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Originally published April 9, 2009 at 12:00 AM | Page modified April 9, 2009 at 9:07 AM

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Boeing wins patent fight against NASA over shuttle tank

Boeing (BA) may get hundreds of millions of dollars in compensation after winning a patent-infringement claim against NASA over an aluminum alloy used to build the Space Shuttle.

Boeing may get hundreds of millions of dollars in compensation after winning a patent-infringement claim against NASA over an aluminum alloy used to build the Space Shuttle.

Boeing developed a lighter structure for frames in the 1970s and 1980s to save on jet fuel prices. It claimed the technology was used in the external fuel tank that provides the backbone of the shuttle during launch and sued the government in the U.S. Court of Federal Claims in Washington in 2000.

U.S. Federal Claims Judge Francis M. Allegra, in an opinion made public April 2, said Boeing is entitled to a 1.25 percent royalty on the cost of the tanks. He ordered the two sides to submit a filing by April 17 on exactly how much that would total.

Boeing had said it was entitled to $1.24 billion based on a royalty of 3.5 percent on all the tanks, while the government put the rate at 1.25 percent and said it should be based only on flight hardware, not including overhead or profit, for a total of $334.6 million.

Under either calculation, only a fraction of the money is for actual royalties. The bulk of the total claim will cover the cost of Boeing having to wait to get paid for the use of its invention.

The National Aeronautics and Space Administration needed the lighter weight so it could increase the amount of the payload going into space to become part of the international space station. The tank was designed and built by Lockheed Martin and was used in shuttle missions beginning in 1998.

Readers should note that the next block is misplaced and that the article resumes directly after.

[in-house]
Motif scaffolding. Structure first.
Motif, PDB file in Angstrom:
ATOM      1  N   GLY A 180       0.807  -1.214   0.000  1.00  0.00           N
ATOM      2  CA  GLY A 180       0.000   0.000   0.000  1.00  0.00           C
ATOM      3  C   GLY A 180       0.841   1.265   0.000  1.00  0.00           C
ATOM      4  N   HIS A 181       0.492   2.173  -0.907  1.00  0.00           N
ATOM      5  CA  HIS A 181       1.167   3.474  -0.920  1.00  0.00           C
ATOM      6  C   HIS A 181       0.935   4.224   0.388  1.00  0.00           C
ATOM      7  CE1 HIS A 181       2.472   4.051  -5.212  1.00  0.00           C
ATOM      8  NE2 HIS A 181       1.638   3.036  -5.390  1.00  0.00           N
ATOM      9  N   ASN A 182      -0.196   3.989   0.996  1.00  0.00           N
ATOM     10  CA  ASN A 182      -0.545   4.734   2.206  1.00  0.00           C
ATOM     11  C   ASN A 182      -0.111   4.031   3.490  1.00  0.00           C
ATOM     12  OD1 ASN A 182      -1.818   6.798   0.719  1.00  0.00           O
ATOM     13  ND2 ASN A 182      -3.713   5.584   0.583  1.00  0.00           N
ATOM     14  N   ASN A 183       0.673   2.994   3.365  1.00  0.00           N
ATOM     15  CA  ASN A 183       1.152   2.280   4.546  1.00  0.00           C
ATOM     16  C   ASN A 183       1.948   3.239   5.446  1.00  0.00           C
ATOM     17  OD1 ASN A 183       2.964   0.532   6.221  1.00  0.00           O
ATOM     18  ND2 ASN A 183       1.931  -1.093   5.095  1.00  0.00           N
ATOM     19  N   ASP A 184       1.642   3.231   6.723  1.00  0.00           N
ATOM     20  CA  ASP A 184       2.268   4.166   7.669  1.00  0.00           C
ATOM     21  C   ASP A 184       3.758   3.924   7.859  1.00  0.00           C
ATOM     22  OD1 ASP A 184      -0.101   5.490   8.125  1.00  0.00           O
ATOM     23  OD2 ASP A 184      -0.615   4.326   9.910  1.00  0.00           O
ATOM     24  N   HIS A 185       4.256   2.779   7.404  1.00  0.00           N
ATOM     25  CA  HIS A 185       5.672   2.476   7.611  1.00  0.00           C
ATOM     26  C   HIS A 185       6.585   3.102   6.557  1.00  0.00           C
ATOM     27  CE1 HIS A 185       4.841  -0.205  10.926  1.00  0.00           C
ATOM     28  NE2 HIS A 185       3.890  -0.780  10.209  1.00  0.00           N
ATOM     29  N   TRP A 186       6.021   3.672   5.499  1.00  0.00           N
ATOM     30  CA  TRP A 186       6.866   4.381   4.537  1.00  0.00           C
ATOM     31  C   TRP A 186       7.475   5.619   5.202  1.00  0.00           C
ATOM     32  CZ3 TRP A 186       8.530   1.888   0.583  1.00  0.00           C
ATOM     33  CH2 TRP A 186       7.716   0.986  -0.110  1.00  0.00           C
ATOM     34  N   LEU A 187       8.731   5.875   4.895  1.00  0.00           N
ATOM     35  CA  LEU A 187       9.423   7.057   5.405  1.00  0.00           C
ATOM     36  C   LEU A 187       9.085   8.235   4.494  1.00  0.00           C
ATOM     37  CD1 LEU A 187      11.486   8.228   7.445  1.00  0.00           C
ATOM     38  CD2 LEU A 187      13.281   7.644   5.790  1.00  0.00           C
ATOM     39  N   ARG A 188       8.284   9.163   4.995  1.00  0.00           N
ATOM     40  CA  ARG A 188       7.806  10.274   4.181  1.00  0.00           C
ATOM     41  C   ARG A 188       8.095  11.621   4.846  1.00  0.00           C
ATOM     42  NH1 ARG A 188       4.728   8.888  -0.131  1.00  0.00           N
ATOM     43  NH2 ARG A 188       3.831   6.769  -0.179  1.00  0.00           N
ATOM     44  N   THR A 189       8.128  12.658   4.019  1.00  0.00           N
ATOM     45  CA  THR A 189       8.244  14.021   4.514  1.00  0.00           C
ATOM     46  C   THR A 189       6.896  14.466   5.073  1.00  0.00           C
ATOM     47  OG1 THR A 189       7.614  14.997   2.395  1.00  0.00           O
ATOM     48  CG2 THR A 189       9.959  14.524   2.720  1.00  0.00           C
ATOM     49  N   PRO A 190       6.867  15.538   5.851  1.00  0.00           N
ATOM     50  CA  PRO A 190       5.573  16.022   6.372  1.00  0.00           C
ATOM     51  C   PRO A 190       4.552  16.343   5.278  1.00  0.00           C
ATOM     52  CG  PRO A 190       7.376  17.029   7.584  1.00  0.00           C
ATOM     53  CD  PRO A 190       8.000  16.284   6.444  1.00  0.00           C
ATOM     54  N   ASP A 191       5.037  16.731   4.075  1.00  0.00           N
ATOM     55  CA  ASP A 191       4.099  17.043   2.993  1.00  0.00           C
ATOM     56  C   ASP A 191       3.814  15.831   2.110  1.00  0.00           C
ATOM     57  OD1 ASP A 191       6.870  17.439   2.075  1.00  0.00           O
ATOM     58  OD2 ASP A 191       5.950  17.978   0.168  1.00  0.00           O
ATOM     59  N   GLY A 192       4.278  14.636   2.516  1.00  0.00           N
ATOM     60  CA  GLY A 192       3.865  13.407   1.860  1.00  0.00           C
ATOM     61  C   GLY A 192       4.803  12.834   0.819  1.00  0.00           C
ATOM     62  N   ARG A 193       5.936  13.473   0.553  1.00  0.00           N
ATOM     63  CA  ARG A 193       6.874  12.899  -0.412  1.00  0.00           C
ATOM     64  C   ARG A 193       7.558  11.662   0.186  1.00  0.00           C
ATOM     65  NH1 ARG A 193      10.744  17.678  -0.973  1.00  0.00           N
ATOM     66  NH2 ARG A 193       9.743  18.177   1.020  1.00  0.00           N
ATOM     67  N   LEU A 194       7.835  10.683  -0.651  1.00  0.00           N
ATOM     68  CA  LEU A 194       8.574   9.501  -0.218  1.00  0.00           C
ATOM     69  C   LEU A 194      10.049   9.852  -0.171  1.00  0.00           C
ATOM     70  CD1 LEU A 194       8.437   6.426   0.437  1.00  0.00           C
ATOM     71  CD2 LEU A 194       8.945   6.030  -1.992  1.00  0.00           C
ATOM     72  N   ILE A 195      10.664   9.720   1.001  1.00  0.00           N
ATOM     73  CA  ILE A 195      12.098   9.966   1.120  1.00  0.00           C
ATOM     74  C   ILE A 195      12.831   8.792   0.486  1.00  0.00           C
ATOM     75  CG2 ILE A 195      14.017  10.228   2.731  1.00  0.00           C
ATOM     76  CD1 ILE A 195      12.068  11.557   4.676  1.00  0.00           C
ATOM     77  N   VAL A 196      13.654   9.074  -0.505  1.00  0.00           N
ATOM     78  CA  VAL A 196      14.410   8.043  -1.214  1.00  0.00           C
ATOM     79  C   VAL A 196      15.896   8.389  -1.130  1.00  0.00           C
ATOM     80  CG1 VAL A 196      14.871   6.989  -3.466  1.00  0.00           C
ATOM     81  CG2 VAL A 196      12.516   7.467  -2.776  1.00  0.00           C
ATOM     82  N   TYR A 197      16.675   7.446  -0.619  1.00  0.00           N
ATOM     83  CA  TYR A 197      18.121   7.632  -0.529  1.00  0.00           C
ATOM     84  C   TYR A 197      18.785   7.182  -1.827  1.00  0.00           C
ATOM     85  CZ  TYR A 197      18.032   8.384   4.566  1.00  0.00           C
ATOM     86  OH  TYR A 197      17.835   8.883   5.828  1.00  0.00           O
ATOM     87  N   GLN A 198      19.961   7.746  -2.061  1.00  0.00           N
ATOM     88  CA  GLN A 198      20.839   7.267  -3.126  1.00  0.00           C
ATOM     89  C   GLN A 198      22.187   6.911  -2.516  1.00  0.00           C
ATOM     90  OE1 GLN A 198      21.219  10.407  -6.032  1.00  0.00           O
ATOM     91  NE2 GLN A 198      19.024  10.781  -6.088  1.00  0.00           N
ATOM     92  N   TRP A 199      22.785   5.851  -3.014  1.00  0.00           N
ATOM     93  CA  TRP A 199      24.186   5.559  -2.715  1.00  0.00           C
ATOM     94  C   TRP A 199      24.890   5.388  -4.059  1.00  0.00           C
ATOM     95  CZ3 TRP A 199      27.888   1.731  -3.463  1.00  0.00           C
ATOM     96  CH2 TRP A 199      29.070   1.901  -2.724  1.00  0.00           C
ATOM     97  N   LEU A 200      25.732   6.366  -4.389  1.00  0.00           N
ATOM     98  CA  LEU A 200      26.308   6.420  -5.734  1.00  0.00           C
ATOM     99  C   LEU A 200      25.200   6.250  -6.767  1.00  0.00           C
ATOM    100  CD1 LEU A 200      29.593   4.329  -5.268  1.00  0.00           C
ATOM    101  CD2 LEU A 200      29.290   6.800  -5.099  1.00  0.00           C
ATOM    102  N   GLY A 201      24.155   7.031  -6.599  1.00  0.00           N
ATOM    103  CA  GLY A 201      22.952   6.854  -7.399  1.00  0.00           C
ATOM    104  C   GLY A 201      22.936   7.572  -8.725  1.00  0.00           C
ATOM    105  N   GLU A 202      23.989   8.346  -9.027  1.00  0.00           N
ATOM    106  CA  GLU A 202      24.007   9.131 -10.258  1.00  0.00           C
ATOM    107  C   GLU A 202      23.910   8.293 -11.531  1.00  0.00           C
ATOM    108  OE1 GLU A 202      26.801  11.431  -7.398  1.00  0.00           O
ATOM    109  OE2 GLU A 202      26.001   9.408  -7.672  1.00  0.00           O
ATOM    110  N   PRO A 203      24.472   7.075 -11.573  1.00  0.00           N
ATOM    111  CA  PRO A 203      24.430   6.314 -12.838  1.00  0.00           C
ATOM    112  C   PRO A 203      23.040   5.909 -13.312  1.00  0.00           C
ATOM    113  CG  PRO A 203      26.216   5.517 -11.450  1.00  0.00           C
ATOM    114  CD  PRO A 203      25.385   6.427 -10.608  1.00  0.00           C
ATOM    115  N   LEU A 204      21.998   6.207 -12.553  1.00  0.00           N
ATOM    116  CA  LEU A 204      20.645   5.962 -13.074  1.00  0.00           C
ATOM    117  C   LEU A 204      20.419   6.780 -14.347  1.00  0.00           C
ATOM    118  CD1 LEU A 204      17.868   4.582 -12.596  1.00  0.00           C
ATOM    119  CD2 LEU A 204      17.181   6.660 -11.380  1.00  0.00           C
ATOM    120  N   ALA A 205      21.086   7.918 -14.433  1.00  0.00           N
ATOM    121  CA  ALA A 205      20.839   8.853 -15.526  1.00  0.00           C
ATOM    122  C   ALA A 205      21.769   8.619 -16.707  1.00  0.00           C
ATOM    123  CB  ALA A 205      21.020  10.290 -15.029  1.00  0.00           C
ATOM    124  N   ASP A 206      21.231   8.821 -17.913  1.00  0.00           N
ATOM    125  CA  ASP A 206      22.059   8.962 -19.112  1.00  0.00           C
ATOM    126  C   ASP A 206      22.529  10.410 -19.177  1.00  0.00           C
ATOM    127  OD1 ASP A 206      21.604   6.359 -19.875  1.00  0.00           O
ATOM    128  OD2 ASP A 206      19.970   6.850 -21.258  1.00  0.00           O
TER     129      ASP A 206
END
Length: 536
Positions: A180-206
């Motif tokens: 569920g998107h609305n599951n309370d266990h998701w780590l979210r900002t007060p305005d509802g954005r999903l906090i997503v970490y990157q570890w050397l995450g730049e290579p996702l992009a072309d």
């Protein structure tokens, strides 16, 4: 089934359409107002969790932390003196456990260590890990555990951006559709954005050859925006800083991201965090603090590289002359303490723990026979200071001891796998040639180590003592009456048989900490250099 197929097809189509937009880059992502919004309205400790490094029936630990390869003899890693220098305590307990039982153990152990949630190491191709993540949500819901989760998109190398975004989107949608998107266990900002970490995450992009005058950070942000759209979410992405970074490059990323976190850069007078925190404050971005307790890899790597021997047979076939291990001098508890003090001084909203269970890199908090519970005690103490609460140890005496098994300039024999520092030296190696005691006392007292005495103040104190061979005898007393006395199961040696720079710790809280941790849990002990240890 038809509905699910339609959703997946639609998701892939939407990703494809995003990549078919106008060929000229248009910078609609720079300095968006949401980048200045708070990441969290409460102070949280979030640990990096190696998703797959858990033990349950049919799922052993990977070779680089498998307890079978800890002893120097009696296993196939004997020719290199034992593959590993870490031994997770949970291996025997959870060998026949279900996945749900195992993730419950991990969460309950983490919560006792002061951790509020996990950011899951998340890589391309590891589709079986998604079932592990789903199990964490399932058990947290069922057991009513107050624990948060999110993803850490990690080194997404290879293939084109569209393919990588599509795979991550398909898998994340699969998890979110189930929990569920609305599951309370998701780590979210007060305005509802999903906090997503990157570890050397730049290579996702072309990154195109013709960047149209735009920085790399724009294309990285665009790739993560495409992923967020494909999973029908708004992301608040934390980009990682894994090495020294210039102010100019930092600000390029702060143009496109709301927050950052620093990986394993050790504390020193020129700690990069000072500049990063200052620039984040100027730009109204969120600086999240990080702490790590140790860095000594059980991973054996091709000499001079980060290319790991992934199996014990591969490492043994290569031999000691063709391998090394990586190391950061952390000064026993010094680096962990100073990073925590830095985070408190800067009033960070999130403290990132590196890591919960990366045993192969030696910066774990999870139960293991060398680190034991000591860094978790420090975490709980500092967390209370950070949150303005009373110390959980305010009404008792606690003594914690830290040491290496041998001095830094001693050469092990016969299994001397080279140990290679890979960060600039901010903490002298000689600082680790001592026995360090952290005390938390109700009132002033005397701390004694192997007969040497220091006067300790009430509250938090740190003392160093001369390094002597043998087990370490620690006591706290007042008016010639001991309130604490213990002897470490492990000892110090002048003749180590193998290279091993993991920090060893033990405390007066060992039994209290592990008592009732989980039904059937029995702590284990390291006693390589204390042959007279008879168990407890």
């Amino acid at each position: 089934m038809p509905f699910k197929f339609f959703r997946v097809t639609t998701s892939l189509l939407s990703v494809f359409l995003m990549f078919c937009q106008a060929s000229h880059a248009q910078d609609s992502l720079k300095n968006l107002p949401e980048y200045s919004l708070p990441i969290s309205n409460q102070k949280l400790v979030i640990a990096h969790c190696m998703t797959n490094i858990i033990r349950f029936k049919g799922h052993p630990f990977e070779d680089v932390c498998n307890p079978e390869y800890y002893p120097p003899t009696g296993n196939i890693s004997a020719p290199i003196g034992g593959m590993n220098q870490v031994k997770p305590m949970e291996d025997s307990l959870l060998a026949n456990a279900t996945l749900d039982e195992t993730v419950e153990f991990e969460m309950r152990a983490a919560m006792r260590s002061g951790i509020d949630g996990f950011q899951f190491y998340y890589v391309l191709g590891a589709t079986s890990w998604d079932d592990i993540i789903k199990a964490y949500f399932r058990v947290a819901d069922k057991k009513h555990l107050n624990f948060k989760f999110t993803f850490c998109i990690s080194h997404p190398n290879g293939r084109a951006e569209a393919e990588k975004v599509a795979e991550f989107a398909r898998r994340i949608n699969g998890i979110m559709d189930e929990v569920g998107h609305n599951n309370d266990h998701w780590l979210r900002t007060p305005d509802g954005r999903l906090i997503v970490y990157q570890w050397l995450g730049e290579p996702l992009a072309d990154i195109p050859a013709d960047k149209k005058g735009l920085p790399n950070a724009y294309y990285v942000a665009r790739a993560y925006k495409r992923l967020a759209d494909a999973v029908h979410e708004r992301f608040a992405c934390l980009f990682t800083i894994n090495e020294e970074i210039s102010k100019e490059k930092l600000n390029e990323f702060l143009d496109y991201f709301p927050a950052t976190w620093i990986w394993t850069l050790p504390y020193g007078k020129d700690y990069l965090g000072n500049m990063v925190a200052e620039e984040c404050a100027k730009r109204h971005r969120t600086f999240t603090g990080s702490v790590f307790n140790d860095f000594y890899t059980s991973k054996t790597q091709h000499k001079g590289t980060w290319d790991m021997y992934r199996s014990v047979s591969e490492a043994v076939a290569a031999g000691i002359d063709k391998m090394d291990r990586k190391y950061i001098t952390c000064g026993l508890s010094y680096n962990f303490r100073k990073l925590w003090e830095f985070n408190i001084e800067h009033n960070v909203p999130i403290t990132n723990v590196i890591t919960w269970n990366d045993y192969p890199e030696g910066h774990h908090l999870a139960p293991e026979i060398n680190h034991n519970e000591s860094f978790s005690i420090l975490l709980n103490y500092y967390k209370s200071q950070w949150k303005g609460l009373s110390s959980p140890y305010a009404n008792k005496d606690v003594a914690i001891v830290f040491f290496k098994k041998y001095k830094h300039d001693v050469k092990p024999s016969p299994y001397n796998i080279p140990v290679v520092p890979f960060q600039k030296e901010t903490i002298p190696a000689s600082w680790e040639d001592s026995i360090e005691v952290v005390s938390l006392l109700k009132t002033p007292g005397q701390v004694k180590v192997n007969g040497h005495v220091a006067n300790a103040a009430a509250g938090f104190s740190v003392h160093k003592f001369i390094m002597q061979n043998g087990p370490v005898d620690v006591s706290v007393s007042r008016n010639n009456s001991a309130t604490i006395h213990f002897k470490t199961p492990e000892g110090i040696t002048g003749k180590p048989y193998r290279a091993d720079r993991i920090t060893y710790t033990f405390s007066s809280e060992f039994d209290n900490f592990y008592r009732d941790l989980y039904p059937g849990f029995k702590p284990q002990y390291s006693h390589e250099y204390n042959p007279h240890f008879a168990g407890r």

Boeing complained to Lockheed Martin, which told Boeing to "take up any issue of infringement with NASA," Allegra wrote. "Boeing eventually did just that."

NASA denied infringement and Boeing sued in November 2000. The court sided with Boeing on infringement in 2005, and a trial on how much NASA should pay ended in November 2007. The judge's opinion was filed under seal on March 16 and reissued April 2 after the lawyers on both sides redacted confidential information.

"While we prefer to avoid litigation, Boeing has an obligation to its shareholders and employees to make good business decisions that protect the company's valuable intellectual property — and sometimes litigation is prudent and necessary," said Joseph Tedino, a Boeing spokesman. "Boeing is satisfied with the decision."

Charles Miller, spokesman for the U.S. Justice Department, said the government is reviewing the opinion.

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